BBC World News presenter Yalda Hakim on getting her start in the industry.
How did you get into journalism?
I was about seven when I watched my first current affairs story and decided that I wanted to do whatever it was that they were doing on the TV. Global politics and issues of social justice were always discussed and fiercely debated in my family home when I was growing up. This definitely played a huge role in my desire to travel the world and tell untold stories, especially in places where people are either forgotten, or to cover issues that are no longer making headlines. My parents often wonder why I want to go to countries facing political turmoil, especially because they fled Afghanistan in search of a better life. But for me, given my Afghan heritage, and as a journalist, I feel a sense of responsibility to highlight these issues.
I started my career in Sydney as a university work experience student. I worked for two public broadcasters, SBS and ABC. But it was at SBS that I found my natural home. I would go to the station and work voluntarily for the international current affairs program Dateline, twice a week on my days off. I did this for an entire year, for free, until finally someone offered me a job. I was so desperate to gain as many skills as possible. I did a six-month stint with the network’s indigenous current affairs program, Living Black. I found myself travelling to some of the most remote regions of Australia to cover stories about the Aboriginal community. I learnt how to shoot and use a camera. I was very much in my element and doing what I loved. I was working in a field I loved and it’s not a job, it’s a privilege. I did not take any moment for granted.
What was your big break?
A month before I finished my cadetship at SBS I went to my executive producer and said: “I want to go to Afghanistan and shoot a story. I want to get a sense of what life is like in Kabul now and I may have a story for you.” He said: “Go for it.” Seven years after I first joined the network, I went full circle and became the host of Dateline, the programme I was once interning on. That for me was a great accomplishment.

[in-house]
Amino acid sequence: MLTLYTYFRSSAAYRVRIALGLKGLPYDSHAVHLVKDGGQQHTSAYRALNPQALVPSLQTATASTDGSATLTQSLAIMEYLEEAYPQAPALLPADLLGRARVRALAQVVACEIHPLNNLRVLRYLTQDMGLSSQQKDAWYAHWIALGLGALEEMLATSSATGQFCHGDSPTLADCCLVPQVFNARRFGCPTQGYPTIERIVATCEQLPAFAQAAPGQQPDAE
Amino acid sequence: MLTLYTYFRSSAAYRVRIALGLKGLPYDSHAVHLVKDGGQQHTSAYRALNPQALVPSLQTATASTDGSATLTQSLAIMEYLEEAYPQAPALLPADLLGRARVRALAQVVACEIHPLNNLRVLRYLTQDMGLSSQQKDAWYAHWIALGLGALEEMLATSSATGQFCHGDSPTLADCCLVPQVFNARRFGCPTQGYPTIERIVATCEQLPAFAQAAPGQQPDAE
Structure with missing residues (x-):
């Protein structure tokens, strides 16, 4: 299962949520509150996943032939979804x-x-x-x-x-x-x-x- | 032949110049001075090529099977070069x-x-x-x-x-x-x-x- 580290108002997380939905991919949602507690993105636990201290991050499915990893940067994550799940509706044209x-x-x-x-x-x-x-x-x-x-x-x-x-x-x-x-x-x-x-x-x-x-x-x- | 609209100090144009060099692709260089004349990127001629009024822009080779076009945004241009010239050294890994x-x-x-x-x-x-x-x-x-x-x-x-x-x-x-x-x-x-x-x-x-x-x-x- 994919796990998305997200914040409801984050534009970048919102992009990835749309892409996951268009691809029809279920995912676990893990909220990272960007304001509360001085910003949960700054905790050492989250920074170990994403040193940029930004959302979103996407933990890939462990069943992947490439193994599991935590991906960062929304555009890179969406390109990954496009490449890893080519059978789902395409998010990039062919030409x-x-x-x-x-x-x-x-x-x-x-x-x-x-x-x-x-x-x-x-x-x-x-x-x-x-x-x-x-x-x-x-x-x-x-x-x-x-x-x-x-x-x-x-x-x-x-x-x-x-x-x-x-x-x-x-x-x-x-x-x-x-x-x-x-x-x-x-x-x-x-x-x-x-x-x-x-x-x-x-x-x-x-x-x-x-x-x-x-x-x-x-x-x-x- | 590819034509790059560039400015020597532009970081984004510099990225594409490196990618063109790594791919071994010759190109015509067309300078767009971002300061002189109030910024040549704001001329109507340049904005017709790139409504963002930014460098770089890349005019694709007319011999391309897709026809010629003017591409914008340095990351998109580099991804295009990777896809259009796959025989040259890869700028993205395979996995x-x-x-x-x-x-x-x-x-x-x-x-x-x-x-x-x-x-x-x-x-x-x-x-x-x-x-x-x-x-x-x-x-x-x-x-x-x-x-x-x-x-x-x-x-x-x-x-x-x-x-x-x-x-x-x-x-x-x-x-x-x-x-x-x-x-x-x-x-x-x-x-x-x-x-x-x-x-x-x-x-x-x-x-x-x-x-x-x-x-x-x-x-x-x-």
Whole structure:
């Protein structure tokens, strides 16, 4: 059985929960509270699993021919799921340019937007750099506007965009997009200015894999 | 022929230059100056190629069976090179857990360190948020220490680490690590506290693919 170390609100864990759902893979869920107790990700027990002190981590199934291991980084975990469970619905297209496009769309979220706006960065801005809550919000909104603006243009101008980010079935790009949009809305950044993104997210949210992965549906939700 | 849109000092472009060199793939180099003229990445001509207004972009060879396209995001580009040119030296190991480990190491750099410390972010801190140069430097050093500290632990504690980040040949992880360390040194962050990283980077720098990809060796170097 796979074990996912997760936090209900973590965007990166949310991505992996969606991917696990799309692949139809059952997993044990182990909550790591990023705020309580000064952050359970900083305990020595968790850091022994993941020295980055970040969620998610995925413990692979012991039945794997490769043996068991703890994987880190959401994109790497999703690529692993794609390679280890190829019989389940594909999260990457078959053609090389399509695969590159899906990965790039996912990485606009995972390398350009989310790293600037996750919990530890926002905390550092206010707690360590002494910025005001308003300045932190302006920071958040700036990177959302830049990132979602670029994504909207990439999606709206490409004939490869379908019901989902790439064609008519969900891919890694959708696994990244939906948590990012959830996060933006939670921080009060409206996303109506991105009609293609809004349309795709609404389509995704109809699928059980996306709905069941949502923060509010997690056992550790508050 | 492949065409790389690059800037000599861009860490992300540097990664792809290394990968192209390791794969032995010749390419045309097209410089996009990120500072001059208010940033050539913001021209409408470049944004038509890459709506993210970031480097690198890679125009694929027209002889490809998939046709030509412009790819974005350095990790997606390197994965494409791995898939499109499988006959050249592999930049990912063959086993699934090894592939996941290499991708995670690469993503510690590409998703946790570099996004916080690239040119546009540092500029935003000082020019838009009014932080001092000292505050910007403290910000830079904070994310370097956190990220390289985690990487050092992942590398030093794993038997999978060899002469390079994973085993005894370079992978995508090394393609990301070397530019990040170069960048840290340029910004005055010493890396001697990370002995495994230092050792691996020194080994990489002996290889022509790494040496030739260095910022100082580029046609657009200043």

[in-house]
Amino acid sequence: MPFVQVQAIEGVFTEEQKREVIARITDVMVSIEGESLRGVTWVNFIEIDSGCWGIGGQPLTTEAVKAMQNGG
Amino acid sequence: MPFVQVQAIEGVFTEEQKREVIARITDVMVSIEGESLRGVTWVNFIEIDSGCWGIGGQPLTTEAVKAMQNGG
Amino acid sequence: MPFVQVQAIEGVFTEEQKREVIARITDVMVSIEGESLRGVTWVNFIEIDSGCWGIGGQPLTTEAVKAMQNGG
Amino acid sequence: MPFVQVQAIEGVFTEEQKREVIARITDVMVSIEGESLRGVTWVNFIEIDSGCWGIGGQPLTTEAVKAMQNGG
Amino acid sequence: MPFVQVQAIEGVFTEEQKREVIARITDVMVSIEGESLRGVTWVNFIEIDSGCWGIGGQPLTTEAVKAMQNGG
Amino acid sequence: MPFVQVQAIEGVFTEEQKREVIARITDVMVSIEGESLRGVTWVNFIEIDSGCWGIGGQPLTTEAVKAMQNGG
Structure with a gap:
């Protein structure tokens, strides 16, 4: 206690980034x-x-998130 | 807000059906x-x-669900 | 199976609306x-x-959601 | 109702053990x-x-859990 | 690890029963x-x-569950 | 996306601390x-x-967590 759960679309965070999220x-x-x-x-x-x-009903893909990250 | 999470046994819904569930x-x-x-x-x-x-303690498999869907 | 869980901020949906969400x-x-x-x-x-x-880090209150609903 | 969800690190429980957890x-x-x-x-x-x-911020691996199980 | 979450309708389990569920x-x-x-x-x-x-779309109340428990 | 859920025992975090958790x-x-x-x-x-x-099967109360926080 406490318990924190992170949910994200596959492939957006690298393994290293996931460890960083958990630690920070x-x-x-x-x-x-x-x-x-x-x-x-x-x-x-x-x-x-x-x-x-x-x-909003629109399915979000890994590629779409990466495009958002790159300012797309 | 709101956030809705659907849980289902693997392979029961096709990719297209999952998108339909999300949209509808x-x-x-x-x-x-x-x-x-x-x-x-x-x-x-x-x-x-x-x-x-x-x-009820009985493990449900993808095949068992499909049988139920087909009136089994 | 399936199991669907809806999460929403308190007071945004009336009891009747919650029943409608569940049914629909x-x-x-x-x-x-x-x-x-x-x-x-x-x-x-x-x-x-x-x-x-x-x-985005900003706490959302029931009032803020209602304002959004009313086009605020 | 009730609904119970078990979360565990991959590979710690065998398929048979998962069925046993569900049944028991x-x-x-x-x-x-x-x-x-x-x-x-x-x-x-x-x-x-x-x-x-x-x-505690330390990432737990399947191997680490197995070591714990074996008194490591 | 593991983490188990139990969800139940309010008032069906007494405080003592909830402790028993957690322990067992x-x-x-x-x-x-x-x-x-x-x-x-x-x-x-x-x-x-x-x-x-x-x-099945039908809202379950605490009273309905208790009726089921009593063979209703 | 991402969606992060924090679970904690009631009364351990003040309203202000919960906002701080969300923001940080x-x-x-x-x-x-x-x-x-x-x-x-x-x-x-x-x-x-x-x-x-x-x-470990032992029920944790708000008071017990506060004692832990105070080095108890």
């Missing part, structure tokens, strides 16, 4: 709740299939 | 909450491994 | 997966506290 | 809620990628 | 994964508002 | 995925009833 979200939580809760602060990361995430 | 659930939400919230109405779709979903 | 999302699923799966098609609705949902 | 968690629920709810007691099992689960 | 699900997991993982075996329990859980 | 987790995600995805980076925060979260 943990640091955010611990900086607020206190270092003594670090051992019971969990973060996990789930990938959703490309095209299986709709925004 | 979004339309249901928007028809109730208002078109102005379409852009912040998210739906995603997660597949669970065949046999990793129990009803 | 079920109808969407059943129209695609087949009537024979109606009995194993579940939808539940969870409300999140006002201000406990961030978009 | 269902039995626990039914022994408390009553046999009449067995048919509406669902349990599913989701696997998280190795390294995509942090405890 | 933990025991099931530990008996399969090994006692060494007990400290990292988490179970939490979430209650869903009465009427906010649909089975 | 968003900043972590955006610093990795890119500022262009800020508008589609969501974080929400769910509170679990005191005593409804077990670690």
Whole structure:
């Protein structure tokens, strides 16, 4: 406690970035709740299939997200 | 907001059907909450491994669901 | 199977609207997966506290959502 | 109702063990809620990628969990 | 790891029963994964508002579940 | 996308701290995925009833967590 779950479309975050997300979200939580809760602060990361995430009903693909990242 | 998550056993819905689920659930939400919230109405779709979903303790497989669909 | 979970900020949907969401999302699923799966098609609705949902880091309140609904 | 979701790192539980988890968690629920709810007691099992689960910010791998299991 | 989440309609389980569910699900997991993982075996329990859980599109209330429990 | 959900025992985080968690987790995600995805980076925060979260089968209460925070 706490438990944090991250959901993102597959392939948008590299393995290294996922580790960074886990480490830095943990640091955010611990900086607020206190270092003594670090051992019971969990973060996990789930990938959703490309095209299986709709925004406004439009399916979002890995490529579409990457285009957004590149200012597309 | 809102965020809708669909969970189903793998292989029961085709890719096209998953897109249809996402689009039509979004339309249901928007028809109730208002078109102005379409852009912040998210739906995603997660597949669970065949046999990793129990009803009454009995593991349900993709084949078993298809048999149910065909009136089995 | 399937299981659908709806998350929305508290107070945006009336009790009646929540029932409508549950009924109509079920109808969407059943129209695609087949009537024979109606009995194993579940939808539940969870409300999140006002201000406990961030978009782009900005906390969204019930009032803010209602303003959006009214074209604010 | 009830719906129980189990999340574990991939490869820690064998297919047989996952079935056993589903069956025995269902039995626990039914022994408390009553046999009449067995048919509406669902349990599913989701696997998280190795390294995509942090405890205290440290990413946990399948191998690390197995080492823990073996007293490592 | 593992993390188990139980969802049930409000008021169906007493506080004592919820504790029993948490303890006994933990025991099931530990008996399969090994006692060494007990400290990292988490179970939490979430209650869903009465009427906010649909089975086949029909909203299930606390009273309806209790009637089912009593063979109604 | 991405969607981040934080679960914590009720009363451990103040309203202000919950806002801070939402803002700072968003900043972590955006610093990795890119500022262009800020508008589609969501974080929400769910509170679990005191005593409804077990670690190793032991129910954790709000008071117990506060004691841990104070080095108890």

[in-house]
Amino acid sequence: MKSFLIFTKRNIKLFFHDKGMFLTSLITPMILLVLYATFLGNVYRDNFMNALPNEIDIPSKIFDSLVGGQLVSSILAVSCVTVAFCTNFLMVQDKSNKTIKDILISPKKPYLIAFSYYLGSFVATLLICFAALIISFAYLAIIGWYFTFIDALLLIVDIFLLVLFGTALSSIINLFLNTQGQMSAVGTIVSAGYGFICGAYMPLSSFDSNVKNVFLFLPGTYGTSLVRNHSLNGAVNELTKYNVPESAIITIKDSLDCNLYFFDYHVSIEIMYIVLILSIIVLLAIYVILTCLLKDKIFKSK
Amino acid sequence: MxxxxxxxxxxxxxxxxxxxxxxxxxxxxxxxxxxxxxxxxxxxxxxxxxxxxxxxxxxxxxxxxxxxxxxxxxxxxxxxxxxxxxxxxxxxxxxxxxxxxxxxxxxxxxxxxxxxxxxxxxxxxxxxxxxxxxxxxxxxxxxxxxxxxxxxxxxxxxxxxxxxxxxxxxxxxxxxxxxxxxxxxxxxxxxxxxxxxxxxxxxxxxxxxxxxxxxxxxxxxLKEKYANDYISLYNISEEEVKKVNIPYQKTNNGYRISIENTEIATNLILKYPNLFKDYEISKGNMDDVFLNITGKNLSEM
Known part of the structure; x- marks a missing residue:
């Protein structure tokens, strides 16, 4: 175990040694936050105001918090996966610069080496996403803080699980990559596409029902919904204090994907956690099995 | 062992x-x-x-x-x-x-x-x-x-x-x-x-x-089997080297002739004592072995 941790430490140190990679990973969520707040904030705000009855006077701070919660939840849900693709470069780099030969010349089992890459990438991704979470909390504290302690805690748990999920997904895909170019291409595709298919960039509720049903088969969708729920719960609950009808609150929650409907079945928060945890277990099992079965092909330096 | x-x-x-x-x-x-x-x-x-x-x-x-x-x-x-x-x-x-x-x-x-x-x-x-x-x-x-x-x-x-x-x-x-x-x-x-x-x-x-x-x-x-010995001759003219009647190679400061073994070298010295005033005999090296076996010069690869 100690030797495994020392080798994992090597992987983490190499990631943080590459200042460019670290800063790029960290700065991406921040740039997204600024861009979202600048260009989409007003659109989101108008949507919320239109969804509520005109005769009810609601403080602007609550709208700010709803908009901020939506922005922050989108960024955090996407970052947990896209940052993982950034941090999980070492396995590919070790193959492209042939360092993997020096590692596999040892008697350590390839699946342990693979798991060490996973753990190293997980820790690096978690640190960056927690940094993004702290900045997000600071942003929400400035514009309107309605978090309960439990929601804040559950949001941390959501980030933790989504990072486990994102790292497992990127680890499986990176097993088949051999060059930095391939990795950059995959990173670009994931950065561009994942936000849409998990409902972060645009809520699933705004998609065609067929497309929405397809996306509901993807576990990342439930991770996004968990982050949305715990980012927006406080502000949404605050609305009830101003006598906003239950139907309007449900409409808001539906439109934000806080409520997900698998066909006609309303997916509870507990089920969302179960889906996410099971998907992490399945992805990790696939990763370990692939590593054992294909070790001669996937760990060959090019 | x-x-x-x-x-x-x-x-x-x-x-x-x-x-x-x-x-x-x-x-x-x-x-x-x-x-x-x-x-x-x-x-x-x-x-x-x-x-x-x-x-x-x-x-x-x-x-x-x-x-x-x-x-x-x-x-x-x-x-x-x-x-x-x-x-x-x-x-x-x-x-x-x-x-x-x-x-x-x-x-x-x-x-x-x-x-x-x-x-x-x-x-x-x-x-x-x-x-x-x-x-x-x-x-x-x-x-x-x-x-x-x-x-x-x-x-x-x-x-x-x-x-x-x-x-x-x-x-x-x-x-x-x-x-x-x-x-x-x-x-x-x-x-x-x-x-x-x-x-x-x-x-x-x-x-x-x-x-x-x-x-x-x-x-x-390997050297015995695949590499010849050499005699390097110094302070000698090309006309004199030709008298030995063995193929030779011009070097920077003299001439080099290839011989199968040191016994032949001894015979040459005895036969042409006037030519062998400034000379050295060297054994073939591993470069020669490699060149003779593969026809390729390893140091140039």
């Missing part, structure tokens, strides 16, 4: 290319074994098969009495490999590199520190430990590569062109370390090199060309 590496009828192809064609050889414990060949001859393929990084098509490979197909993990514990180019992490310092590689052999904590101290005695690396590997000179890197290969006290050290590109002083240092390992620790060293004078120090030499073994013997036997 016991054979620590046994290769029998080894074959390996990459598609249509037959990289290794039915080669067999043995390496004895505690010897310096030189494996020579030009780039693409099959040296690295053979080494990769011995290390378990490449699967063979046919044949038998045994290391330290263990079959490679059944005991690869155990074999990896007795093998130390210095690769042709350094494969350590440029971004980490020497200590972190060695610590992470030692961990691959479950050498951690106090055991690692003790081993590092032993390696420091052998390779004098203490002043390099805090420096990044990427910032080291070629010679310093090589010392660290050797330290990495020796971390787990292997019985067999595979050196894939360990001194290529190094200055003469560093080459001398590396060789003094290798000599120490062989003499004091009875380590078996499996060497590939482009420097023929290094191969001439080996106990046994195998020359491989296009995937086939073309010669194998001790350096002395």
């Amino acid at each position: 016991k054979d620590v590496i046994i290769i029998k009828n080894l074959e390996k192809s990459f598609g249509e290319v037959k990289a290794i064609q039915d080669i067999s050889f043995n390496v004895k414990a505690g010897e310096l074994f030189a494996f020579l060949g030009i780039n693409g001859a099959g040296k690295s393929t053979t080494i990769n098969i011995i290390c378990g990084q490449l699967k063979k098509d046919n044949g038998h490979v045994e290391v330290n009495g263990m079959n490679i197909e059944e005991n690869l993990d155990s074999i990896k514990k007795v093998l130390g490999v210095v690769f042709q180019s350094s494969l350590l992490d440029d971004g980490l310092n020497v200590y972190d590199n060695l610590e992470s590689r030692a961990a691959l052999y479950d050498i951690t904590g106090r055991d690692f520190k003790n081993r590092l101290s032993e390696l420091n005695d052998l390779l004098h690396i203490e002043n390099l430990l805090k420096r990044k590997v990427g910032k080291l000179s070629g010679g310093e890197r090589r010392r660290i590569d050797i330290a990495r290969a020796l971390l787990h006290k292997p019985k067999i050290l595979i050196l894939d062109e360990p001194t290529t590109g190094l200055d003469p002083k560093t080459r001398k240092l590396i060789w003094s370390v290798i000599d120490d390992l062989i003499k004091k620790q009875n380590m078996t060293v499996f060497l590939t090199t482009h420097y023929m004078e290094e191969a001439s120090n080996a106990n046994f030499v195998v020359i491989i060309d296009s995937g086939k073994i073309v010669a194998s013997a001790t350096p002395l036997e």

What changed after your break?
I’ve had an extraordinary journey so far. I wake up every day feeling grateful and privileged that I do what I love. It has never been just a job for me. Working for the BBC, I love that I have a platform to bring human stories to a global audience and be able to tell people in, for example, Kenya what is happening in Indonesia. That for me is very exciting.
What do you know now that you wish you knew then?
I wish I had known that hard work and perseverance pays off and therefore I should have enjoyed those early days in my career a lot more. I’ve always been running my own race and have had five and 10-year plans set out with all my goals. I was told by one of my mentors to never aim low because I’ll always hit the mark. I believe I’ve always had a healthy amount of ambition and love challenging myself, so pushed myself to think outside the box and try different things like learning to shoot and being proactive by pitching story ideas etc. I don’t regret being in a hurry and devoting the last 10 years to my career. I feel it has paid off.
Is it harder or easier for people to break into the industry today?
I don’t think it’s a question of being harder or easier for people starting in the industry today. It’s a matter of how much you want to succeed in the industry and how hard you are willing to work for it. My first paid job in the industry was working night shifts, starting at 10pm and finishing at 6am. This meant I had virtually no social life and spent little time with friends and family. I think work/life balance is important but in the initial stages of your career, it’s a matter of doing whatever job is available in order to build your experience.
What advice would you give to someone starting out?
I feel employers are always looking for people who are energetic and self-starters. I once had a manager who would say, “I often get CVs from aspiring journalists who write that they want to be presenters or war correspondents.” He would throw those CVs out because he wasn’t looking for people who just wanted to be a star or be on TV. He was looking for those willing to take on any task. I often repeat this to those starting out.
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